They’re the ones who are thinking really forward about what the future of customer experience has to be. Where are we going to land on the other side of this? Have we figured out that the way that we running our business was not as swift as it could have been? Are there better ways for us to do this? That’s what I’ve been most struck by. And the other thing I would say, just on a personal note, is how resilient people are.

    People are really just hanging in there. There are a lot of folks, myself included, who are very fortunate to get to work from home. And a lot of people who aren’t directly affected; their job isn’t personally affected, probably have family members who are affected. The level of humanity that the world has displayed has been, even with everything going on in the world, I still think it’s high. I think everybody can settle on the idea that certain medical threats to the world, whether it be cancer, whether it be infectious disease, like everyone’s on the same page about them being bad. Which means we’ve got a place to start from. So, that’s kind of like my personal take away in the world.

    Dan Gingiss: Absolutely. I agree. And certainly, if that is not the exact reality, particularly in the United States, it should be.

    So Luke, I want to pivot to one more thing because we only have a couple more minutes. Now, you are a New York Times best-selling author and your book is called The Wallet Allocation Rule. I would like if you would tell us what exactly is the wallet allocation rule?

    Luke Williams: The wallet allocation rule was a mathematical discovery that, like all good math, basically explains the world in a formula that a regular person already understands the world is behaving that way. All the biggest discoveries of ways of framing a thing that everybody kind of figured out but just didn’t quite put verbiage on it.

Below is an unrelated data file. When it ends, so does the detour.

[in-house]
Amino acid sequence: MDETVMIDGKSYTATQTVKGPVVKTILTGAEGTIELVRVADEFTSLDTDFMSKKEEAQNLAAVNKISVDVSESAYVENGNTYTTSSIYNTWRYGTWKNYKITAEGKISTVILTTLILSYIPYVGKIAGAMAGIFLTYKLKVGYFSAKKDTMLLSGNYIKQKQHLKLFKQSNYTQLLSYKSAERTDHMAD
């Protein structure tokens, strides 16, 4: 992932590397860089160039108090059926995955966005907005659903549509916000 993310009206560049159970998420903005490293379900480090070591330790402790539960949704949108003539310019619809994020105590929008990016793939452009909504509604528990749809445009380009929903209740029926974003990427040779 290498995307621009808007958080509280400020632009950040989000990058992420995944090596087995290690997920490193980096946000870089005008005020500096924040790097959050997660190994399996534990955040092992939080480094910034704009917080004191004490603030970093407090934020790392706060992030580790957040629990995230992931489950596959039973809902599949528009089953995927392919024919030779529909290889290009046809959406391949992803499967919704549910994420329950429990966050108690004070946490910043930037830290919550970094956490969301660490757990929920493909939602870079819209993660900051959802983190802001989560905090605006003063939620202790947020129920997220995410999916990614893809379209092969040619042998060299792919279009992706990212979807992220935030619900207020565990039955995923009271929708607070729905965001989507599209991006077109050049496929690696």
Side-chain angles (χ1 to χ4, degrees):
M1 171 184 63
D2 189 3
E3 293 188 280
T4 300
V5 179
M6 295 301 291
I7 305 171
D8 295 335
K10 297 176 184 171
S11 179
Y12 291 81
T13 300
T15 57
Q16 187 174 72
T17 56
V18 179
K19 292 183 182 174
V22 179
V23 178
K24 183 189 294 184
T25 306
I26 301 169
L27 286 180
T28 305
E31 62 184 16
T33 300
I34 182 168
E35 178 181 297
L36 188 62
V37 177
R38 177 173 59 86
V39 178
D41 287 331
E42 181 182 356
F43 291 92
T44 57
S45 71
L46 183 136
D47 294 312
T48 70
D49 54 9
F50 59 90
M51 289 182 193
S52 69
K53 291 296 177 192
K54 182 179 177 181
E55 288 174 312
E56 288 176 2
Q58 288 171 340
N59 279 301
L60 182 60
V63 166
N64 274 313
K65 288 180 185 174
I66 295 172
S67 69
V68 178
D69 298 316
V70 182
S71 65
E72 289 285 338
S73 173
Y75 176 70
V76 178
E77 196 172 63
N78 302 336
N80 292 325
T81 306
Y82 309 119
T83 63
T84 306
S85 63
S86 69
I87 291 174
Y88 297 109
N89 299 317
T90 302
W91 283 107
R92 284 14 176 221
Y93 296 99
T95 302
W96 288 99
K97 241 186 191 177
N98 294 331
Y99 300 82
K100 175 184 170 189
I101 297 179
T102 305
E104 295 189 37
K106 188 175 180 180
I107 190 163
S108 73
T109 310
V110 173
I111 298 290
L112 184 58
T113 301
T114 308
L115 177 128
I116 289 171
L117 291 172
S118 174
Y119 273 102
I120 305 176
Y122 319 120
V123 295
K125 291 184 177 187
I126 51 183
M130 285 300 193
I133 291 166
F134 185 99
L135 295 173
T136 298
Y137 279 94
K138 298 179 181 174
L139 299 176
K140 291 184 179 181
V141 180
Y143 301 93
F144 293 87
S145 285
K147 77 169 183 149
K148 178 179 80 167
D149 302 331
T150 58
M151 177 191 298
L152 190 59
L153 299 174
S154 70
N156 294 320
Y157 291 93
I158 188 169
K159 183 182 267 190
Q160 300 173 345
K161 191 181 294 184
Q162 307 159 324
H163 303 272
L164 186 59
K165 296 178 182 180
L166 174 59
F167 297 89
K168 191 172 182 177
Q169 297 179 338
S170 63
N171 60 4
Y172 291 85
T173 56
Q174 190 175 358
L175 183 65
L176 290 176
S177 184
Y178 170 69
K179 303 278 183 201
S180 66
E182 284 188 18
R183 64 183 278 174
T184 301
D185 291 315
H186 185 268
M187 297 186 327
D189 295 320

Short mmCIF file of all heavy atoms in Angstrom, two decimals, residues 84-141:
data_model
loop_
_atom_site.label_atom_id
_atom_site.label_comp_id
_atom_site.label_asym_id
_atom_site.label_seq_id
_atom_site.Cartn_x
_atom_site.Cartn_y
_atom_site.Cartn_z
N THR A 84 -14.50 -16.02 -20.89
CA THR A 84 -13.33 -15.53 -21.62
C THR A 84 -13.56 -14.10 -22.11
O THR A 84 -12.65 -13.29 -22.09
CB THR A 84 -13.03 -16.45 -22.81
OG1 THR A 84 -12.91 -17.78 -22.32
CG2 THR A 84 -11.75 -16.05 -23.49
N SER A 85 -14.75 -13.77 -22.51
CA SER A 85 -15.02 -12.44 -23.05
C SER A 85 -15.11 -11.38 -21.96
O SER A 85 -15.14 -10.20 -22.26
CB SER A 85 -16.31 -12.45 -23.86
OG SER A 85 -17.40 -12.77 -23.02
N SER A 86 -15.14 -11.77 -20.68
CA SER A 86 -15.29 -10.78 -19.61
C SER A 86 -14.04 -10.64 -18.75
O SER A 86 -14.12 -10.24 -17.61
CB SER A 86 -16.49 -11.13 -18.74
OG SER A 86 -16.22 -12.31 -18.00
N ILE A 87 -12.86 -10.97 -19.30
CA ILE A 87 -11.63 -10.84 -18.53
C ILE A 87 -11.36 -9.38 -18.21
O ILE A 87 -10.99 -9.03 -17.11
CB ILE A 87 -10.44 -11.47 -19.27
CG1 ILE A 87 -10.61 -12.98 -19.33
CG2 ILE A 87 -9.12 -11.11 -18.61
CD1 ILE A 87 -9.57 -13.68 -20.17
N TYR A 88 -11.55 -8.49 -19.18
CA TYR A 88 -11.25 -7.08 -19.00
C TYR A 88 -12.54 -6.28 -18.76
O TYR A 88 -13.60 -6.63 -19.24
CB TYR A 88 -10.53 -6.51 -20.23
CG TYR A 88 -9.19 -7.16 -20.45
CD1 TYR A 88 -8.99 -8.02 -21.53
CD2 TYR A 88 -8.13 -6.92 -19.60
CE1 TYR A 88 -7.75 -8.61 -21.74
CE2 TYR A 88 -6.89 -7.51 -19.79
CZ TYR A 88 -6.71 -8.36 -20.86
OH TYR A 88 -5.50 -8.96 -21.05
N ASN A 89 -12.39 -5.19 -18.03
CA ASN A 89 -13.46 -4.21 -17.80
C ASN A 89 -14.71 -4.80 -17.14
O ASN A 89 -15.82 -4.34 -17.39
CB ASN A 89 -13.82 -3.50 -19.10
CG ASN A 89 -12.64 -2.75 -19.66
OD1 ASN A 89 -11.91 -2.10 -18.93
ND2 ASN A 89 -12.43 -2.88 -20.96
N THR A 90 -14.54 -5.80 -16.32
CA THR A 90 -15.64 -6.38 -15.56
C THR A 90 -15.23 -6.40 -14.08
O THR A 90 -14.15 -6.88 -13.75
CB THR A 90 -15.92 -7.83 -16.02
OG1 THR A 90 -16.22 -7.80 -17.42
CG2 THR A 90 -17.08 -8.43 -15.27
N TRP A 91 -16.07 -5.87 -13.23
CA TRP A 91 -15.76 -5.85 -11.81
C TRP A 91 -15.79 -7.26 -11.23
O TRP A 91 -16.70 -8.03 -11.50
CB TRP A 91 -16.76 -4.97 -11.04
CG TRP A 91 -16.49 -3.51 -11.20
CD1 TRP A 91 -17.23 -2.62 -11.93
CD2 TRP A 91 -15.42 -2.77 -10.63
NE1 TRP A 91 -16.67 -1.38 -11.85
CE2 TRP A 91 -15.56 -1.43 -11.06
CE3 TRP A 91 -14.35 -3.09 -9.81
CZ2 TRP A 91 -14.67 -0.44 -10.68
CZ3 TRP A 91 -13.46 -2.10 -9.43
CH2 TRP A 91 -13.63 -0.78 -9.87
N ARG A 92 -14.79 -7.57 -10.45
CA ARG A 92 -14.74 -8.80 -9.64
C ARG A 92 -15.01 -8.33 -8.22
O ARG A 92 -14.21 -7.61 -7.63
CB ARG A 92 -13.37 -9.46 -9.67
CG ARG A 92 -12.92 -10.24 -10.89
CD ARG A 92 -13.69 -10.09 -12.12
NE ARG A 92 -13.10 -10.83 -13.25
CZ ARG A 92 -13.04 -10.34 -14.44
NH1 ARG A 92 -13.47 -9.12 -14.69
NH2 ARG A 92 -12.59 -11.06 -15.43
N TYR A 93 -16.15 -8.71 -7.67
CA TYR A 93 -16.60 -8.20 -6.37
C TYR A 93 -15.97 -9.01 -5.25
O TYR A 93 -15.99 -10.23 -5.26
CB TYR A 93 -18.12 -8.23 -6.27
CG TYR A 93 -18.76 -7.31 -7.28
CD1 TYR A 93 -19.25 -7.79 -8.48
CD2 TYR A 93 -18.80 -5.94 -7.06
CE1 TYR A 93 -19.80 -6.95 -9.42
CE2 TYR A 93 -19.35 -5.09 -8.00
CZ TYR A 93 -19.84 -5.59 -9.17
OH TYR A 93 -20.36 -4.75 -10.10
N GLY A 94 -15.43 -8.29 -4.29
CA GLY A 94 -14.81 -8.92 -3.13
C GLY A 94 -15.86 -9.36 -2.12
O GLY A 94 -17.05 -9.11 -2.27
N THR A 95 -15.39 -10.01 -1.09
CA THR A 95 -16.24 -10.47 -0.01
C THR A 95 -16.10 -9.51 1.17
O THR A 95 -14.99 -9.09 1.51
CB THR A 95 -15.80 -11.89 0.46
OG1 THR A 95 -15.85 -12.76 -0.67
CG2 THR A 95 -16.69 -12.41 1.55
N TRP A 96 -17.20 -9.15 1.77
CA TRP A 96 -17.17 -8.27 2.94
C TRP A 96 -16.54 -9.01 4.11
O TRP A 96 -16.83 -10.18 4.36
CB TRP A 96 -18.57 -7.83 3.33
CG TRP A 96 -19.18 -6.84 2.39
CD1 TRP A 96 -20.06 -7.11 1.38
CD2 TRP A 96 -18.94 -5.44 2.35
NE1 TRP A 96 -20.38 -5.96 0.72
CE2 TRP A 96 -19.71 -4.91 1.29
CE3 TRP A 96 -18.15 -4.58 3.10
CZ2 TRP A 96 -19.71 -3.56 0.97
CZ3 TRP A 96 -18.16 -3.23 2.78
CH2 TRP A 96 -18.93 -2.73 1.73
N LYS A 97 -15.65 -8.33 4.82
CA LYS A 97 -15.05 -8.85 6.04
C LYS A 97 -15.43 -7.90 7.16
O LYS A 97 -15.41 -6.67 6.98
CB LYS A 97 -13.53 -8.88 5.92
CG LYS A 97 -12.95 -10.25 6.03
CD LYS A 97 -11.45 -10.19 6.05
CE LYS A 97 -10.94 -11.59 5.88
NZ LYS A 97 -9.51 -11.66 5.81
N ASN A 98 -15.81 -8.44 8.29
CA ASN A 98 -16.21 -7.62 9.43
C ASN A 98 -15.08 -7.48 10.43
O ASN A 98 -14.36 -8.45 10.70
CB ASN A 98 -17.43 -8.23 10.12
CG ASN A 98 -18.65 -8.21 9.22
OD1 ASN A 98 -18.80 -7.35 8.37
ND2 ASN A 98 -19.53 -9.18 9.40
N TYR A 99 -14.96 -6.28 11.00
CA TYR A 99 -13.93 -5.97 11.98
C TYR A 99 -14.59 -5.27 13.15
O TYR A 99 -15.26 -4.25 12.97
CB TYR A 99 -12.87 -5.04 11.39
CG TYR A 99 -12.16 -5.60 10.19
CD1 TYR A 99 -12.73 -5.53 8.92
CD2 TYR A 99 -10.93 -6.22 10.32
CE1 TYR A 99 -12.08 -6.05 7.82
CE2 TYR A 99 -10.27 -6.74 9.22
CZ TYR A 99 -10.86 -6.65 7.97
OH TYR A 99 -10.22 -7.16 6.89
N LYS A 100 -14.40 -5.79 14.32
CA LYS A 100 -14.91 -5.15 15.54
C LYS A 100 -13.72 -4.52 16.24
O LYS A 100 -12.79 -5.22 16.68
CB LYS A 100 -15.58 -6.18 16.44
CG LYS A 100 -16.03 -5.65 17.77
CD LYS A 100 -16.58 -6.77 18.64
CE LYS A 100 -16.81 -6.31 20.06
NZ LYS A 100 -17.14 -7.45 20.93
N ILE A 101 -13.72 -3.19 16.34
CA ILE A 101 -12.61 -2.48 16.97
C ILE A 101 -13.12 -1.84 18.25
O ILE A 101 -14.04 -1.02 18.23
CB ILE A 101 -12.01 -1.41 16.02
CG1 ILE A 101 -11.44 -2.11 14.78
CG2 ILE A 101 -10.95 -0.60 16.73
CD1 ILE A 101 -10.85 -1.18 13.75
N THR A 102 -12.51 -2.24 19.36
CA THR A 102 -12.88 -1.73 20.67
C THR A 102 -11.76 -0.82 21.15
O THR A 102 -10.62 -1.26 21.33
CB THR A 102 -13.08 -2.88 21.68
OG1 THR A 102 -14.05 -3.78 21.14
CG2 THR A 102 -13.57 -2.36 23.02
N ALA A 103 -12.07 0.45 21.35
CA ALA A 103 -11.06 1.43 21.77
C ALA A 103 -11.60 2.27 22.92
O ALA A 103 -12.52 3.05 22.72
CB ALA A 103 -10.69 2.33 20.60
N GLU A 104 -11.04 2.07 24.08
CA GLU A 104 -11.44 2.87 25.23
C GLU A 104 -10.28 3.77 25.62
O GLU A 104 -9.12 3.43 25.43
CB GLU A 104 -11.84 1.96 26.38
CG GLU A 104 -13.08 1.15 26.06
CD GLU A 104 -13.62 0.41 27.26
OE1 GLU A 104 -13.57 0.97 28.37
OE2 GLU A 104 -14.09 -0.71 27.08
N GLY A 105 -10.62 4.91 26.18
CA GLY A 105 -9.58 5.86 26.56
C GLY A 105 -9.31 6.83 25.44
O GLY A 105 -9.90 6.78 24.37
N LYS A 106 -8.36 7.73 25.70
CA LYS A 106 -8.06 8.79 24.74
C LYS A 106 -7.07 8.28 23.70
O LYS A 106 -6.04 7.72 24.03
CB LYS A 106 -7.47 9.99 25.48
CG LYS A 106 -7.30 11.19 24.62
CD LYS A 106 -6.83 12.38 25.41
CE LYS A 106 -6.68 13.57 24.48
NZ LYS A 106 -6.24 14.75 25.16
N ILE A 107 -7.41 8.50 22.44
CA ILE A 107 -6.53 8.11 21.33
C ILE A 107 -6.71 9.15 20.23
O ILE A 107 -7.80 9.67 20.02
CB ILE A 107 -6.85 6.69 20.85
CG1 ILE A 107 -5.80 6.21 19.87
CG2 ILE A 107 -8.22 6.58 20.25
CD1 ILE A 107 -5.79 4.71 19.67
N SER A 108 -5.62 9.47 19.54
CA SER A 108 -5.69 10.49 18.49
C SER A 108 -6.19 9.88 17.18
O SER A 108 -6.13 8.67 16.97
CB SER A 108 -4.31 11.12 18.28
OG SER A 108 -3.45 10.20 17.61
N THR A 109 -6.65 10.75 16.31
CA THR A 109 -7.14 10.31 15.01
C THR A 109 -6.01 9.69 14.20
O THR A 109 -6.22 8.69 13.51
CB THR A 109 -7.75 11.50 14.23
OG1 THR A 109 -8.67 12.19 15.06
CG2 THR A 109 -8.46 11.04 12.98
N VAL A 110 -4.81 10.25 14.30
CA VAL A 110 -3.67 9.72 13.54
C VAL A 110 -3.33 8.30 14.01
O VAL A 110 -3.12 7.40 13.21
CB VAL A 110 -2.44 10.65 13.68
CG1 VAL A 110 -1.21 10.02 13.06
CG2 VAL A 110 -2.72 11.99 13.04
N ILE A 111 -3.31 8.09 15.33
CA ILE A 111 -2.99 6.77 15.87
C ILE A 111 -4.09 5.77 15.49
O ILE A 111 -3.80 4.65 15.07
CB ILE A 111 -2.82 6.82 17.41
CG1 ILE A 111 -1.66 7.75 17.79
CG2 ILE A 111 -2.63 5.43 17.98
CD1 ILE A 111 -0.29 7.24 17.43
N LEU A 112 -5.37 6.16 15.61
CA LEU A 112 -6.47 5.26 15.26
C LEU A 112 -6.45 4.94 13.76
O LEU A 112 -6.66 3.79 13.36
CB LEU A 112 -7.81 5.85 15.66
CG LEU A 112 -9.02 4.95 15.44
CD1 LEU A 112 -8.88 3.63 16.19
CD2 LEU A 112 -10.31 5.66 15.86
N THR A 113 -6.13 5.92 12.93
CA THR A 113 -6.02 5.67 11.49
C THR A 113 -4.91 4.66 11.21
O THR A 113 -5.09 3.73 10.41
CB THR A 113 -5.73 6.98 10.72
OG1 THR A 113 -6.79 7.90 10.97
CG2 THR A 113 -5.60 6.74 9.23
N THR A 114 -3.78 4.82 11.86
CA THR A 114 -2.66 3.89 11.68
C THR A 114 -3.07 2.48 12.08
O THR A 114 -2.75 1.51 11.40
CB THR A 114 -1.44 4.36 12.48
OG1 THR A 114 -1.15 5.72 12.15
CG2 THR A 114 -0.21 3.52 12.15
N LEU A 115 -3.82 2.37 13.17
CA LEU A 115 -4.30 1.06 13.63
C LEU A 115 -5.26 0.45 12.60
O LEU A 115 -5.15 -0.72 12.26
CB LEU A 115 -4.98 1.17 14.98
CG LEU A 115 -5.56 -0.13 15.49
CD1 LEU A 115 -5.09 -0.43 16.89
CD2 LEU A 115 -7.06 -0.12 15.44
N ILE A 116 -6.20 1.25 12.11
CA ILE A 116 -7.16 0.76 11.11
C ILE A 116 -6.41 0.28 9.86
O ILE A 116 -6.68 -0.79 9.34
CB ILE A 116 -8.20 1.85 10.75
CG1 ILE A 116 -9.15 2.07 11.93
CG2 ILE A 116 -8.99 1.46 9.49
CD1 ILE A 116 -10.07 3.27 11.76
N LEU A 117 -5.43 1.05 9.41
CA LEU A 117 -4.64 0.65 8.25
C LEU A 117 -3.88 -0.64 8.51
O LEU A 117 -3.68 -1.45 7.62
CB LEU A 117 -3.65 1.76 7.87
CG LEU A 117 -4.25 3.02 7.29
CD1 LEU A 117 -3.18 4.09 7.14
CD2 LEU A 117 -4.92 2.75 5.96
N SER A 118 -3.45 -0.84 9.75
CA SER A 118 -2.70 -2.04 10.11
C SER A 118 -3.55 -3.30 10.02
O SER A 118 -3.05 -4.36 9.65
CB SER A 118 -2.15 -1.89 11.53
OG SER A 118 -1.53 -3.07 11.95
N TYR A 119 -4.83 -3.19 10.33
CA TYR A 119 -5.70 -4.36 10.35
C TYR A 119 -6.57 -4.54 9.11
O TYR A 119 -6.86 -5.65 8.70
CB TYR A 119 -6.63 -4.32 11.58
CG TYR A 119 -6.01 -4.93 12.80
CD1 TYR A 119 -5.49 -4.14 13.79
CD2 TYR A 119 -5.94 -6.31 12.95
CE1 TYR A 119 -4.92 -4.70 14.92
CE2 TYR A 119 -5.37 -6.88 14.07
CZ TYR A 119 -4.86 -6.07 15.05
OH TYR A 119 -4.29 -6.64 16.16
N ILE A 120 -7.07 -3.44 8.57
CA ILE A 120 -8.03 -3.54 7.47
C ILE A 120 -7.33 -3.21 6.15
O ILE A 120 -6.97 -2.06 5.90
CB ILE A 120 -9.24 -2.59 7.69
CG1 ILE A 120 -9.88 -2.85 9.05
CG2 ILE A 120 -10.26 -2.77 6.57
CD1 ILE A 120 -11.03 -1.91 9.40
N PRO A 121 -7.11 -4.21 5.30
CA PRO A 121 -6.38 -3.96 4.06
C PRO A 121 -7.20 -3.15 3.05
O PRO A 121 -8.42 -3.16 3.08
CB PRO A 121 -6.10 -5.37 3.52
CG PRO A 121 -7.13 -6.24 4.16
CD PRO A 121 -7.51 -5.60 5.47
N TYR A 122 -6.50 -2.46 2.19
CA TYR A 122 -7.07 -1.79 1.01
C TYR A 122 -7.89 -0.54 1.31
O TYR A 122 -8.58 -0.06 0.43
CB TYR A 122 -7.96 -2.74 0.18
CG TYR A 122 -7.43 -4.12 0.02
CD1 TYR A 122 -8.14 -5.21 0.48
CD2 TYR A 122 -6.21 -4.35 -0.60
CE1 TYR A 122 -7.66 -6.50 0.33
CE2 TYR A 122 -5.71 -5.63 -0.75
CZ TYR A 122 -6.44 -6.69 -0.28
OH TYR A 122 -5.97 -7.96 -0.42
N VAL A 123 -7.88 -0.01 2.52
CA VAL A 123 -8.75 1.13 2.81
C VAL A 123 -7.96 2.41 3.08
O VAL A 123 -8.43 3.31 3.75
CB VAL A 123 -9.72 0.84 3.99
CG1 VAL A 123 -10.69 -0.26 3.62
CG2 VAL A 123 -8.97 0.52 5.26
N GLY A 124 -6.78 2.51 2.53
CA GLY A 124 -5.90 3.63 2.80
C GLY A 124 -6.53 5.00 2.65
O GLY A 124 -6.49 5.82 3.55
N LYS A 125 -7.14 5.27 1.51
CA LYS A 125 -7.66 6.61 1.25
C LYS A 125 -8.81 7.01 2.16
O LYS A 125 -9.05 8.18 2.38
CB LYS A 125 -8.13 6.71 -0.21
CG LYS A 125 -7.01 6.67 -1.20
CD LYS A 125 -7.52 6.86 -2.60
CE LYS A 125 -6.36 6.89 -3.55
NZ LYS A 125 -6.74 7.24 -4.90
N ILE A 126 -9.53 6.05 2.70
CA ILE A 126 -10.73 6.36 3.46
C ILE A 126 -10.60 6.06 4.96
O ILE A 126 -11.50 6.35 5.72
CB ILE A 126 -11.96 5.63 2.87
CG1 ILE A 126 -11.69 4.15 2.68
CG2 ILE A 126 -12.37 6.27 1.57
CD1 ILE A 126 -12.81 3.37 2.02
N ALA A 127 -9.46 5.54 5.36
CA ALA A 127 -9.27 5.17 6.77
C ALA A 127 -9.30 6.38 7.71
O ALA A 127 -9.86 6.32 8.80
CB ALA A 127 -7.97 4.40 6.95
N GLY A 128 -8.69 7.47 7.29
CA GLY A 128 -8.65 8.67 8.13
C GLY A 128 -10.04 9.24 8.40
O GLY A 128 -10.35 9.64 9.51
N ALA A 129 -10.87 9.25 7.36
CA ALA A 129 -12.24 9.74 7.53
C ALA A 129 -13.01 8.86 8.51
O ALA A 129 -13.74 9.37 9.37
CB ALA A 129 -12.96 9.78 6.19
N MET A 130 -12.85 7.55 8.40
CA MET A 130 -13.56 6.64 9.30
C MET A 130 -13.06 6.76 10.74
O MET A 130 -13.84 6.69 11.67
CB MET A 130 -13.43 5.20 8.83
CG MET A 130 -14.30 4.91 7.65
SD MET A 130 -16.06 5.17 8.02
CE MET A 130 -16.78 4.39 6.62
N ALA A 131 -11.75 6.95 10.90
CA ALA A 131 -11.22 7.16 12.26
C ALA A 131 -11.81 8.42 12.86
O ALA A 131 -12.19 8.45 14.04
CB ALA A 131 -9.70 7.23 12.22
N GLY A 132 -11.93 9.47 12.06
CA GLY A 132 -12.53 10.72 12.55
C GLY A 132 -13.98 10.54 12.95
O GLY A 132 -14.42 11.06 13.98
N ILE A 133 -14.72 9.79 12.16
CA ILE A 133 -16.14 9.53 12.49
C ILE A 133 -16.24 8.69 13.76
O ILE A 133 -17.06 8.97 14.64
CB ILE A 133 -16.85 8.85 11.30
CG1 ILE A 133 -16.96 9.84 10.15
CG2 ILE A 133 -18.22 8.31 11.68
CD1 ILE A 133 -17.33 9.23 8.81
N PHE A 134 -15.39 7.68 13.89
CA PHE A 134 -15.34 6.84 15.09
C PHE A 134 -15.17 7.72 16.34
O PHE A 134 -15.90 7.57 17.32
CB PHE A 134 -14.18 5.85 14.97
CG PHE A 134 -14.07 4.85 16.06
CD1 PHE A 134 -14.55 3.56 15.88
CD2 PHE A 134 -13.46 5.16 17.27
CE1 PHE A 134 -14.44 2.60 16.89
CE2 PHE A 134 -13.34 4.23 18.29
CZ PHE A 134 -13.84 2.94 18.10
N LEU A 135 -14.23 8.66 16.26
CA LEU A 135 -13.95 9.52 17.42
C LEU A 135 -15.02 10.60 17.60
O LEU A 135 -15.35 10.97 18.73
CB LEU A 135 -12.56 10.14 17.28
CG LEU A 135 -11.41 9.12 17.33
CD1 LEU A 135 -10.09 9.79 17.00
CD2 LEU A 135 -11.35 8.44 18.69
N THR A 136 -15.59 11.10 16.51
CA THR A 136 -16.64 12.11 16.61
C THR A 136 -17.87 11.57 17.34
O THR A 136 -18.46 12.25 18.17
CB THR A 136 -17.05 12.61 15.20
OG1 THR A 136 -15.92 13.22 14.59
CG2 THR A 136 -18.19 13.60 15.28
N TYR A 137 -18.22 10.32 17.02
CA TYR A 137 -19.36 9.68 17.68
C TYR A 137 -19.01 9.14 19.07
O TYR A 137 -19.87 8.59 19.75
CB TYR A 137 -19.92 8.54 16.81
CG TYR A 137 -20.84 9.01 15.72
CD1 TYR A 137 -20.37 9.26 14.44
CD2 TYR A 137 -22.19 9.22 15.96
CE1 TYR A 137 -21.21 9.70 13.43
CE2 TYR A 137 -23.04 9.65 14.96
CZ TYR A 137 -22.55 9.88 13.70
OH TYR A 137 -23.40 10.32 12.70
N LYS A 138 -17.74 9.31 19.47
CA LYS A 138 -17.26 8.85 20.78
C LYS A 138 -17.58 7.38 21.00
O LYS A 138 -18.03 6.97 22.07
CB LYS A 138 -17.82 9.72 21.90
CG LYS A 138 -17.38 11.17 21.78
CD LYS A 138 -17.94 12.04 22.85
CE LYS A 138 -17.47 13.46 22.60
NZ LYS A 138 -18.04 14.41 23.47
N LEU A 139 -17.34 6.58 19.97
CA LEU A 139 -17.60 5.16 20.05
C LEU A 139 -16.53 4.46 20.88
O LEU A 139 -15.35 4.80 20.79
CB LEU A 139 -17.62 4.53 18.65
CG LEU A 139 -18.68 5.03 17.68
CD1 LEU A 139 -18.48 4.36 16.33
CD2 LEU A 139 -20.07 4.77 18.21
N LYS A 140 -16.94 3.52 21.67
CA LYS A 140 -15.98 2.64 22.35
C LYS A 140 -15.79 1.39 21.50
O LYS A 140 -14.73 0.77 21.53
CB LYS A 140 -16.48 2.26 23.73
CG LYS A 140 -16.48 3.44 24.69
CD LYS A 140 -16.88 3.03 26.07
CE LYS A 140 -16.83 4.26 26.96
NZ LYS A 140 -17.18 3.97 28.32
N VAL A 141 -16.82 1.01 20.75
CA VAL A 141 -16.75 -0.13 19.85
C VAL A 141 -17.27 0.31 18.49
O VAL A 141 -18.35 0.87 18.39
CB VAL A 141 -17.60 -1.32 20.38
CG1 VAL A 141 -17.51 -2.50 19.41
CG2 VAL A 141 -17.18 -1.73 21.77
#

So, the wallet allocation rule essentially was a mathematical discovery. We discovered what was the connection between the metrics that we collect in customer experience and customer share of wallet? And essentially, it was a great formula. It’s in the book. You can find it on Harvard Business Review, it’s all free. None of it is black box. But essentially the English sentence of the wallet allocation rule is that there’s two things that influence how customers spend their share of money. And it’s just the number of brands they use and how they comparatively rank against the competitors that are being actively used. Which makes total sense. I need to focus on people.

    The problem that we’ve had historically in benchmarking in CX, is that we say, every point is worth a dollar. How could that be true? Not every point is the same. These are percent-based metrics. So, until you’ve brought it down to unit a unit of analysis that actually is material in the world, you’re not going to have a reasonably observable change. People think, “If your NPS score goes up by a point, it’s worth a hundred billion.” I think that’s insane. My NPS score goes up five points a week and made five hundred million dollars extra? If it did that the stock market would crash a thousand times. The reality is that when you actually look at that on a respondent level, an actual human, Dan’s opinion of a company may have changed, but it didn’t sufficiently change in order to change his behavior with the company.

    That’s what I care about. So my goal, if I want to create change in the world, has to be to understand what are the drivers of change? How does Dan understand his competitive use set and how does it compare to the three million other consumers in Chicagoland? Because I’m trying to go capture that market. What percentage of the people in that market think I’m the best? Not that my score is higher or lower, but how am I competing on a personal basis? And this is essentially this is where I got into trouble with one or two clients where, you find out “Oh, my NPS score is 85.”